Ralph Cuthbertson

2015 Ralph Hunter Cuthbertson was a visionary and pioneer of the aviation industry in South Carolina and throughout the Southeast. Born in Mcbee in 1920, he received his primary pilot training from Jim Hamilton at the L.B. Owens Field in Columbia. Cuthbertson served his country as a Squadron Commanding Officer in World War II, before becoming a pilot for Pan American Airline, the largest International Air Carrier in the United States from 1927 until 1991. He was also the personal pilot for Pan Am founder Juan Trippe. Cuthbertson was a leader and early pioneer of the corporate flight department concept, which was considered highly innovative in the 1950s. He started programs for J.P. Stevens, Inc., Milliken Aviation, Spartan Mills, Greenwood Mills and Daniel Construction. He was the founder and CEO of Steven’s Aviation, Inc., a fixed base operator (FBO) in Greenville. He was an original pioneer of the multiple-location FBO chain — prevalent now but unheard of in the 1950s and 60s. He began and managed other locations in Atlanta, Knoxville, Nashville, Dayton and Denver, and many of these locations are still operating today. Ralph Cuthbertson died at the age of 59, leaving a family legacy of aviators through his children and...
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Colgate “Coke” Darden

1996 A native of Norfolk, Va., Darden graduated from Deerfield Academy in Massachusetts. He earned a bachelor’s degree from the University of Virginia in 1953, a master’s in physics from the University of Virginia in 1954 and a PhD in nuclear physics from M.I.T. in 1960. Darden earned a Private Pilot S.E. Land in 1954; M.E. Land and Instrument Ratings in 1964; a DC-2 Type Rating in 1969; and a Multi-Engine Sea Rating in 1989. He has owned a variety of planes, including a Stinson Voyager, Piper Apache 150, 160 Apache, Cessna 172, Meyers OTW, Ryan SCW, Spartan Executive, Lockheed 12A, DC-2 and a Douglas Dolphin. Darden worked at the Savannah River Laboratory near Aiken from 1959-1964, and served as an assistant, associate and a full Professor of Physics in the Department of Physics and Astronomy at USC from 1964 to 1994. On July 1, 1994, he retired as a Distinguished Professor of Physics. He flies his airplanes to antique fly-ins and open houses so people can see and hear them. He is a member of the Antique and Classis Division of the Experimental Aircraft Association, South Carolina Aviation Association, American Radio Relay League, The Antique Automobile Club of America, the American Physical Society and the South Carolina Breakfast...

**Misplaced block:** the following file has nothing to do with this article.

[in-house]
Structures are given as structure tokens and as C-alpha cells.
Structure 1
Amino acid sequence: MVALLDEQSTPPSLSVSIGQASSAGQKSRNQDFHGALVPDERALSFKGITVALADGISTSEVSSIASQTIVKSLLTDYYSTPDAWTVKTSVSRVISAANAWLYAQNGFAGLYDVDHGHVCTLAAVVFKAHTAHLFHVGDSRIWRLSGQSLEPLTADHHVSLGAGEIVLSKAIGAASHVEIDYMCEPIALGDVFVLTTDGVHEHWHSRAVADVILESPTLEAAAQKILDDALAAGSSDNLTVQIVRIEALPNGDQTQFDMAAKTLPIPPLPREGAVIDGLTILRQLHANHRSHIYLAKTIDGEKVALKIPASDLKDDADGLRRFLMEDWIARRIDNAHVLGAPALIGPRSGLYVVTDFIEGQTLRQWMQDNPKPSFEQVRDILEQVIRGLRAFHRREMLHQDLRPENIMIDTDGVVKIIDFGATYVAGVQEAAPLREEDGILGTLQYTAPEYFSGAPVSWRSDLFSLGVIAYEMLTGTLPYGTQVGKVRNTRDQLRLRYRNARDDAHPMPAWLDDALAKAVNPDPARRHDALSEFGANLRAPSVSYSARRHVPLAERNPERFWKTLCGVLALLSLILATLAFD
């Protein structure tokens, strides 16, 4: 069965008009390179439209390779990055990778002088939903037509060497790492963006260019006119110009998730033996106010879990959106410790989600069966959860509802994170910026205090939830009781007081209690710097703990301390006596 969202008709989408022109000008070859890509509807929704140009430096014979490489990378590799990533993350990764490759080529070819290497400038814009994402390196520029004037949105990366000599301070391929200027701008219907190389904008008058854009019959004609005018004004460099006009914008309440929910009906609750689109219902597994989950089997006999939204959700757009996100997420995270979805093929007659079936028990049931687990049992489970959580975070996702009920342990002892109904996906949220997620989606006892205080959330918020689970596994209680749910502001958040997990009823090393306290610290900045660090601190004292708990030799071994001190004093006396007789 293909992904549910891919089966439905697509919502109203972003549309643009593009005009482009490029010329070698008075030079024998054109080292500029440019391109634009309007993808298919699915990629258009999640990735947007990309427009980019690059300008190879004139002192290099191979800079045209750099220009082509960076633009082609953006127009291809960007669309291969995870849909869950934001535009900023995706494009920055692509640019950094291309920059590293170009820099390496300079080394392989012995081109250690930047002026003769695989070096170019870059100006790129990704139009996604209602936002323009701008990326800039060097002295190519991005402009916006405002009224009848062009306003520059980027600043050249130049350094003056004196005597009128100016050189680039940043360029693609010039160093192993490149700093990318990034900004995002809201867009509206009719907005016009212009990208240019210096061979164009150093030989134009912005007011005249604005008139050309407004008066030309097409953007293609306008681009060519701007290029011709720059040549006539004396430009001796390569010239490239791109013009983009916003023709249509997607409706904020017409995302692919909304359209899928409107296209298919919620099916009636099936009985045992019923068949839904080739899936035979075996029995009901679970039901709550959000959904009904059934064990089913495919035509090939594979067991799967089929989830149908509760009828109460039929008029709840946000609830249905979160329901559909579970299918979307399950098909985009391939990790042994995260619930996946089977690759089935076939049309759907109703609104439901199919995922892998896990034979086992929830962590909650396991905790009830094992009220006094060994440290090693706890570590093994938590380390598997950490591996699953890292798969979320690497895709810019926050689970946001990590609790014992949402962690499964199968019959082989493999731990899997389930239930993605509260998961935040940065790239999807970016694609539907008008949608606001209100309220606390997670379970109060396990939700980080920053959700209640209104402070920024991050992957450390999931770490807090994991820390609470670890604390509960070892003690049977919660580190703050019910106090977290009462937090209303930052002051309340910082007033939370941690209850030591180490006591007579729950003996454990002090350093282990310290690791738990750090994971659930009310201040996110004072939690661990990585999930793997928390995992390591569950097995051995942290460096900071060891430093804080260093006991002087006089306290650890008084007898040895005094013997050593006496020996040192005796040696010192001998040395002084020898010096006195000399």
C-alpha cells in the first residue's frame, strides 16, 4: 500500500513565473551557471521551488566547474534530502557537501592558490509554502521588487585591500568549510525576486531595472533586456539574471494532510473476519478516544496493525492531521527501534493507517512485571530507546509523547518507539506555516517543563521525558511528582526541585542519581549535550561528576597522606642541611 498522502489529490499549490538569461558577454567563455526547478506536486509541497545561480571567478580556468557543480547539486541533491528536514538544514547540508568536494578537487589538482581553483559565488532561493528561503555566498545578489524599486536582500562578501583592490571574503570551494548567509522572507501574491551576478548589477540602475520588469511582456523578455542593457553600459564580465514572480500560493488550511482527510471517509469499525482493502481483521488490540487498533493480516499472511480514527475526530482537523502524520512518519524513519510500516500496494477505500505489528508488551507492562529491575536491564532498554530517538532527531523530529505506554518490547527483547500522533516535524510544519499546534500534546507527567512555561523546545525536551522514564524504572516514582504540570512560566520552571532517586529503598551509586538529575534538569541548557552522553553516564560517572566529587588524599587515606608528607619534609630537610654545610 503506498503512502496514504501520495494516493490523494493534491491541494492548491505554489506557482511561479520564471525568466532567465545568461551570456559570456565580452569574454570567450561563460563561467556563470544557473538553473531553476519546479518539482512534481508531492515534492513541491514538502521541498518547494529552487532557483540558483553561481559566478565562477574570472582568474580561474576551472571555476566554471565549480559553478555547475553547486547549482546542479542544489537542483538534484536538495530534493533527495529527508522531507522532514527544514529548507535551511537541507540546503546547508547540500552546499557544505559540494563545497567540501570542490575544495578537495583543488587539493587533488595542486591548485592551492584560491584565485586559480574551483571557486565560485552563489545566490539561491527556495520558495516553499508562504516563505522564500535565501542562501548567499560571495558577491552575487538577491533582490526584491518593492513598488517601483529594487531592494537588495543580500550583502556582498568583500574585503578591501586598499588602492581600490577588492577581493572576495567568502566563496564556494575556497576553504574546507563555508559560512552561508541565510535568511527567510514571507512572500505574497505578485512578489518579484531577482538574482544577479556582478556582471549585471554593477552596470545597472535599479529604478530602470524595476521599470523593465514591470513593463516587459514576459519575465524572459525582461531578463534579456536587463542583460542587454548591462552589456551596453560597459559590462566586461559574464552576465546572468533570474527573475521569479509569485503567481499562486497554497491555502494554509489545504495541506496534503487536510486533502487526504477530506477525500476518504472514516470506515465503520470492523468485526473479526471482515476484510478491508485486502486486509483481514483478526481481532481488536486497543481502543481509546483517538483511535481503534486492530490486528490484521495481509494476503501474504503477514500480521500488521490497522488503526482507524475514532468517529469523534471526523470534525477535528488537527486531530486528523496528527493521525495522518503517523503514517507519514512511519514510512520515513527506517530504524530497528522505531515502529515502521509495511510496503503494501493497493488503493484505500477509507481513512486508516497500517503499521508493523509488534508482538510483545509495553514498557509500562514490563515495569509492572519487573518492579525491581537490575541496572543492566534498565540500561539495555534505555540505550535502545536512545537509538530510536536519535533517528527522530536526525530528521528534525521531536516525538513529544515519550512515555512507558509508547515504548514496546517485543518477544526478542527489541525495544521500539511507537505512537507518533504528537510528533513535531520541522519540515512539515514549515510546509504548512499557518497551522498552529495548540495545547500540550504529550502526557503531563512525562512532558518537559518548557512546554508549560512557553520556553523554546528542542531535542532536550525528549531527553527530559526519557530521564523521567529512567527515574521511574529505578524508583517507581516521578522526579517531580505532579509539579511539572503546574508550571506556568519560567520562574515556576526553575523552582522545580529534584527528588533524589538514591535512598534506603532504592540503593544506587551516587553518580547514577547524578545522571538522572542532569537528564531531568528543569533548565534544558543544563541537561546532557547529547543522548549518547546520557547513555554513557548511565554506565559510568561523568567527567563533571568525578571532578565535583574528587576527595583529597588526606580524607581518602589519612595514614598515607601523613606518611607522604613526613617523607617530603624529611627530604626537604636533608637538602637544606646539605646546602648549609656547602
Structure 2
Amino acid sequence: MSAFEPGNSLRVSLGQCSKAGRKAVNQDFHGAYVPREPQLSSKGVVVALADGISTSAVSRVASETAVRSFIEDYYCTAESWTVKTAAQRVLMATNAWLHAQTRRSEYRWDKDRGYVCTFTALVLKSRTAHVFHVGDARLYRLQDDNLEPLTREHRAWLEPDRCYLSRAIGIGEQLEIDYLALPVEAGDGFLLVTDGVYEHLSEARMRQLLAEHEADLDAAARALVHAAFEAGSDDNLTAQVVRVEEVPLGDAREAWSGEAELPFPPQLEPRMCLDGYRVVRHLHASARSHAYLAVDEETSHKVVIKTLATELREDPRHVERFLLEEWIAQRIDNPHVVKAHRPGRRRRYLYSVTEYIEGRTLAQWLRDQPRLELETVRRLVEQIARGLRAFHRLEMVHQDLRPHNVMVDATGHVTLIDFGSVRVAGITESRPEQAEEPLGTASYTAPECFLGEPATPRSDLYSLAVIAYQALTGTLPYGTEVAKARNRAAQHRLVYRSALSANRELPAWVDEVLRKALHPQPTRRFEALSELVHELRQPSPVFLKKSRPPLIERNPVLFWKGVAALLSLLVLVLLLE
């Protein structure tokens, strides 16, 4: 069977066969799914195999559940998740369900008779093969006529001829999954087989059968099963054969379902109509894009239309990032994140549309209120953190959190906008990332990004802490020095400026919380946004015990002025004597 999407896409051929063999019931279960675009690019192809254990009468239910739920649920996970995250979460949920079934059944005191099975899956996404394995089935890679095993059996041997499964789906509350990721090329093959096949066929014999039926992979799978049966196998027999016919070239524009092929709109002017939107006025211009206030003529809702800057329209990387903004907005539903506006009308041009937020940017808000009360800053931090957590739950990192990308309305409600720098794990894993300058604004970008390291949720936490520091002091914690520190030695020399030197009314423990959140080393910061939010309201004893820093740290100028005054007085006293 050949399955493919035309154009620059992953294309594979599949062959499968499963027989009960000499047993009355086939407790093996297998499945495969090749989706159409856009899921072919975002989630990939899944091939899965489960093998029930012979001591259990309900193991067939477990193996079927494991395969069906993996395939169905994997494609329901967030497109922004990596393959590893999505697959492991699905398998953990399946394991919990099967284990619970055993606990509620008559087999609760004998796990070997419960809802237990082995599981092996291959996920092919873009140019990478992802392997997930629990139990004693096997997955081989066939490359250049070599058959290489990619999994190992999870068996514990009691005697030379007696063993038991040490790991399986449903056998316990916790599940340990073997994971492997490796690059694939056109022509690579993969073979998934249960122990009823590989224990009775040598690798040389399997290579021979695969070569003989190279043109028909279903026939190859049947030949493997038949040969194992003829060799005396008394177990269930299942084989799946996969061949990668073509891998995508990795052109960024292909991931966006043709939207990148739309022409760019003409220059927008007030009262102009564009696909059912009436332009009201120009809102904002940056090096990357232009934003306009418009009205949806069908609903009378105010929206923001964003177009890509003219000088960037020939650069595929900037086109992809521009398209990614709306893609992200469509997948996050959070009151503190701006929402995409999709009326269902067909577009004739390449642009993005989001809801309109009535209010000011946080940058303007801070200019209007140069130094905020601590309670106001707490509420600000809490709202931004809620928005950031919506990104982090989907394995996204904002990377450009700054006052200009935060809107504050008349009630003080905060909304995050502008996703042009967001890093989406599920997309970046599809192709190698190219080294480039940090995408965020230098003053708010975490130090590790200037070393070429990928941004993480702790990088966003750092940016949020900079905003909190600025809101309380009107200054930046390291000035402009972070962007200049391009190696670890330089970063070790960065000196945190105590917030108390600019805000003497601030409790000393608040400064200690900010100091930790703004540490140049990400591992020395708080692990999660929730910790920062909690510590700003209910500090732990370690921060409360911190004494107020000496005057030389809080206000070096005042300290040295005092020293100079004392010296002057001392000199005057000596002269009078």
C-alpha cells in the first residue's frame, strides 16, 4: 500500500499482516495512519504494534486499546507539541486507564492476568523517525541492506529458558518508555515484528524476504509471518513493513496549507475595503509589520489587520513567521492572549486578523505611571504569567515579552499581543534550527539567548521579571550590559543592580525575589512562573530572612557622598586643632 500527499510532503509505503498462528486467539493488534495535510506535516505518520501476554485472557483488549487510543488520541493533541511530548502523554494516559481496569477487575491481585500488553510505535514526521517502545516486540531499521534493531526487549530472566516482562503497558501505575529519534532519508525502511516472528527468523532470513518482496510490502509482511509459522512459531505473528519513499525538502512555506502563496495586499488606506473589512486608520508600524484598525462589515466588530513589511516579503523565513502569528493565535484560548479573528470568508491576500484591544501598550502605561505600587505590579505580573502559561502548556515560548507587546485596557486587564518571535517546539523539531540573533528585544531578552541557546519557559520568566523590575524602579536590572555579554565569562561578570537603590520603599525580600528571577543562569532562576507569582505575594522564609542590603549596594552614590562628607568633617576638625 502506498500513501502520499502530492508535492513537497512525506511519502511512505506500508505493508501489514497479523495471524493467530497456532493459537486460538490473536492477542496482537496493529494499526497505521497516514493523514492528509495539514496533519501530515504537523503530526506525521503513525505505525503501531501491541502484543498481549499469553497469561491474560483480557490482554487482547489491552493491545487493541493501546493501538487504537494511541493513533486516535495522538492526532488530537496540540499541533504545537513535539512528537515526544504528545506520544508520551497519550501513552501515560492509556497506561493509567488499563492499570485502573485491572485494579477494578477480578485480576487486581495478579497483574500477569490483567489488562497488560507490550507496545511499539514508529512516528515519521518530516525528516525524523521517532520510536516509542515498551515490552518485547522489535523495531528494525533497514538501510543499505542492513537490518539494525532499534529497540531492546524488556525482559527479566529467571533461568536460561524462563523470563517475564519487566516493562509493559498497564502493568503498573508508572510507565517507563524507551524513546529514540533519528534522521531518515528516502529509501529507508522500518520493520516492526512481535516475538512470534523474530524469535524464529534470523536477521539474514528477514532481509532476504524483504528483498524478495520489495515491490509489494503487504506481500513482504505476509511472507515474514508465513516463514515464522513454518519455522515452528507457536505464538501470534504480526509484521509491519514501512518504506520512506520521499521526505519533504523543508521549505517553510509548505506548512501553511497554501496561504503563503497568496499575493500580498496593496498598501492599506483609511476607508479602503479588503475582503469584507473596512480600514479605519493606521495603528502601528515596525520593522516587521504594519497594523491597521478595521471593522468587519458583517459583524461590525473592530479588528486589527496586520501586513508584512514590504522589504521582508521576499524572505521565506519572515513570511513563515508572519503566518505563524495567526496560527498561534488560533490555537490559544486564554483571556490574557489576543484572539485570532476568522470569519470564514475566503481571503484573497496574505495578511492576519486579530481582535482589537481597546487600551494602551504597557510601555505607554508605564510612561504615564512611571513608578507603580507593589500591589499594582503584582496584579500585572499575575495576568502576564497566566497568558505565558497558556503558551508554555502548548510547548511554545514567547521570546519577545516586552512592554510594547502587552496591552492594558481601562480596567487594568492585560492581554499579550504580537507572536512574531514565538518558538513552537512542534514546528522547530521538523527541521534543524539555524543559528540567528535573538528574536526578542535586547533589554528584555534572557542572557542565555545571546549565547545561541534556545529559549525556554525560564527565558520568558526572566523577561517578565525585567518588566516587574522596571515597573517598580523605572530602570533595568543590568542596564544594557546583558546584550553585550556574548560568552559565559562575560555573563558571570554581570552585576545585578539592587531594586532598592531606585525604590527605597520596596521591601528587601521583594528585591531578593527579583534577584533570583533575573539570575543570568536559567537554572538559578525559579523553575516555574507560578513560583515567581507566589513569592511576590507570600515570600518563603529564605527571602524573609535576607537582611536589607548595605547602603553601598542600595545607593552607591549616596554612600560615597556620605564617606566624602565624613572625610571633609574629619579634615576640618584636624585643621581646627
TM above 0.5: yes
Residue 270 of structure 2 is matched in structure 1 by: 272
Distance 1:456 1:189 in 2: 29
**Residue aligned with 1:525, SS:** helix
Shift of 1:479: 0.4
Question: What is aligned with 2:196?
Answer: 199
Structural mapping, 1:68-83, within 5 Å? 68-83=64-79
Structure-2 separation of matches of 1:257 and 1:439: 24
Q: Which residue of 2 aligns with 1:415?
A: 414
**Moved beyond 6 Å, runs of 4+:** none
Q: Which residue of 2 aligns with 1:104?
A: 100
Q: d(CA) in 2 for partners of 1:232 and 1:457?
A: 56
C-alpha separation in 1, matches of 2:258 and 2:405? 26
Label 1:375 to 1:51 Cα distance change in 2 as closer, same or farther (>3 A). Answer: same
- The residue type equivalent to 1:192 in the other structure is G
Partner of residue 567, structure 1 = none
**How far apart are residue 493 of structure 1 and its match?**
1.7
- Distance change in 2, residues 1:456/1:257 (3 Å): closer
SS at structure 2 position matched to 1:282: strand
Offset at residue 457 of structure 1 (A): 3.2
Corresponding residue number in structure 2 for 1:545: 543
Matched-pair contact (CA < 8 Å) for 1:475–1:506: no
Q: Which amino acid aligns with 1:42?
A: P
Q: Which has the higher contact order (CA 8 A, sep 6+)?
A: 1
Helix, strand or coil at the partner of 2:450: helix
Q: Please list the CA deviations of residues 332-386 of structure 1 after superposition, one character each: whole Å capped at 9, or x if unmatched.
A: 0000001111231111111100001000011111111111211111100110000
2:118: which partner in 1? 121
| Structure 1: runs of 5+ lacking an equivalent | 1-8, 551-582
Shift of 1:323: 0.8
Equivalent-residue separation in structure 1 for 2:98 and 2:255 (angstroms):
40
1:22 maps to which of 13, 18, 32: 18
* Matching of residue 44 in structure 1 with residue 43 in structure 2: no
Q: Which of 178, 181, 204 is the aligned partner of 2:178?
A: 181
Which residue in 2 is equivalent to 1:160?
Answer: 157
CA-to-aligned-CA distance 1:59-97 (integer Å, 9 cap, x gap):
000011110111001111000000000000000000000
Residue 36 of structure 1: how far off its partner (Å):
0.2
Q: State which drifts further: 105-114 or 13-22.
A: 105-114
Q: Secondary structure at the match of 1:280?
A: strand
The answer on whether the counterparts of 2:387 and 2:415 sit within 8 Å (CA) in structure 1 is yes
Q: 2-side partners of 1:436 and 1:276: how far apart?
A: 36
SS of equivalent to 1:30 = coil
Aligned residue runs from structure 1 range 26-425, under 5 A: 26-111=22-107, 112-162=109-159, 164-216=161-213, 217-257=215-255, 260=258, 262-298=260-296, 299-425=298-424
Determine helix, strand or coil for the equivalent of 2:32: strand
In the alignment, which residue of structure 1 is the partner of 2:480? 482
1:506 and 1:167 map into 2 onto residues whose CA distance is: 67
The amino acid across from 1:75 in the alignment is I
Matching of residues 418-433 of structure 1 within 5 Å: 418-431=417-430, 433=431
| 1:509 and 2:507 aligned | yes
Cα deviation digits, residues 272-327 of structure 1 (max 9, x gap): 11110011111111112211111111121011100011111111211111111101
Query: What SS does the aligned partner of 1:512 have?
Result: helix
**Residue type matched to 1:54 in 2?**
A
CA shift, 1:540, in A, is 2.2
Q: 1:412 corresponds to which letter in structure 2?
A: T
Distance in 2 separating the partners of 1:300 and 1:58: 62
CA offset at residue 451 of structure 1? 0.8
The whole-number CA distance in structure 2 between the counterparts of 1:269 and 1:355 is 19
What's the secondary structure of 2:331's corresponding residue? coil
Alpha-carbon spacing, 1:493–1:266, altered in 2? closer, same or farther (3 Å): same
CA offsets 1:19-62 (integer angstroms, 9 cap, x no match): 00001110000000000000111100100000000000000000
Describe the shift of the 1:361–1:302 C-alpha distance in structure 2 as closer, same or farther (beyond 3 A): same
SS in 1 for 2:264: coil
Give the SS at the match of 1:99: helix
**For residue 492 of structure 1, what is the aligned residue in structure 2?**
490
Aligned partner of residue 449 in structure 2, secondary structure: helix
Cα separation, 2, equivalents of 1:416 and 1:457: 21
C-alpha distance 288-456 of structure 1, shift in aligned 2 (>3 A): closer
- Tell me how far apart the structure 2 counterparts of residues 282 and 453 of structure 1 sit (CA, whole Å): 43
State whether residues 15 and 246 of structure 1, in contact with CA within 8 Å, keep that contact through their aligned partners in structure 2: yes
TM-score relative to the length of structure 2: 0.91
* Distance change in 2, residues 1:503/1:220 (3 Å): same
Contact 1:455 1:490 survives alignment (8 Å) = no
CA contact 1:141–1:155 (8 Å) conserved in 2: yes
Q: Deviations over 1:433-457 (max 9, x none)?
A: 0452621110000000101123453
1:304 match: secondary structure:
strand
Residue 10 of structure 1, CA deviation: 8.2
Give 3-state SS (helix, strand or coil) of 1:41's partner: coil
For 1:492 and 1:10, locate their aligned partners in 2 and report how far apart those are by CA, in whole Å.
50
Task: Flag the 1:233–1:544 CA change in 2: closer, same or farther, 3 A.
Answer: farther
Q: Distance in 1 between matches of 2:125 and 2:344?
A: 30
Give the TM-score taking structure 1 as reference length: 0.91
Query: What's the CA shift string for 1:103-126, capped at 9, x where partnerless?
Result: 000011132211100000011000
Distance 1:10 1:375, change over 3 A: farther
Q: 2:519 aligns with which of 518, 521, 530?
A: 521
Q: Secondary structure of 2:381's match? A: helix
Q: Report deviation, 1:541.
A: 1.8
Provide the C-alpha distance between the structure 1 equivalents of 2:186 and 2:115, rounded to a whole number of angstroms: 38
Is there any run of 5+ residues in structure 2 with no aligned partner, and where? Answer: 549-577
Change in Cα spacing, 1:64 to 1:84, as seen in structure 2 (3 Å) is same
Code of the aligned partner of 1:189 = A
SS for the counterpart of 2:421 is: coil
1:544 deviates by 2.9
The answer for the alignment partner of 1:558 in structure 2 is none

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Nettie DuRant Dickerson

1996 Nettie Durant Dickerson was born in Jasper County in 1923. She was graduated from St. John’s in Darlington in 1940, the South Carolina State School of Nursing in 1944, and the USC College of Nursing in 1964. She served in the Army Nurse Corps on a hospital ship during World War II, and in 1945, she married John Edward Dickerson. From 1950 to 1974, she worked in public health nursing, and she received her pilot’s license in 1974. She is an icon for aviation in the banking industry because of her contribution to the development of air transportation for the rapid clearance of checks. In 1973, she and her family founded Bankair, Inc. Under her leadership, the company became nationally known. Dickerson also introduced commuter passenger service to many small towns in South Carolina and provided an entry to commercial aviation for hundreds of pilots, many mechanics and administrators. Active in many civic organizations, and her philosophy is “The more one shares, the more one has to share.” She says she has received as much as she has given because of this shared philosophy with family and friends, and especially with associates in the aviation...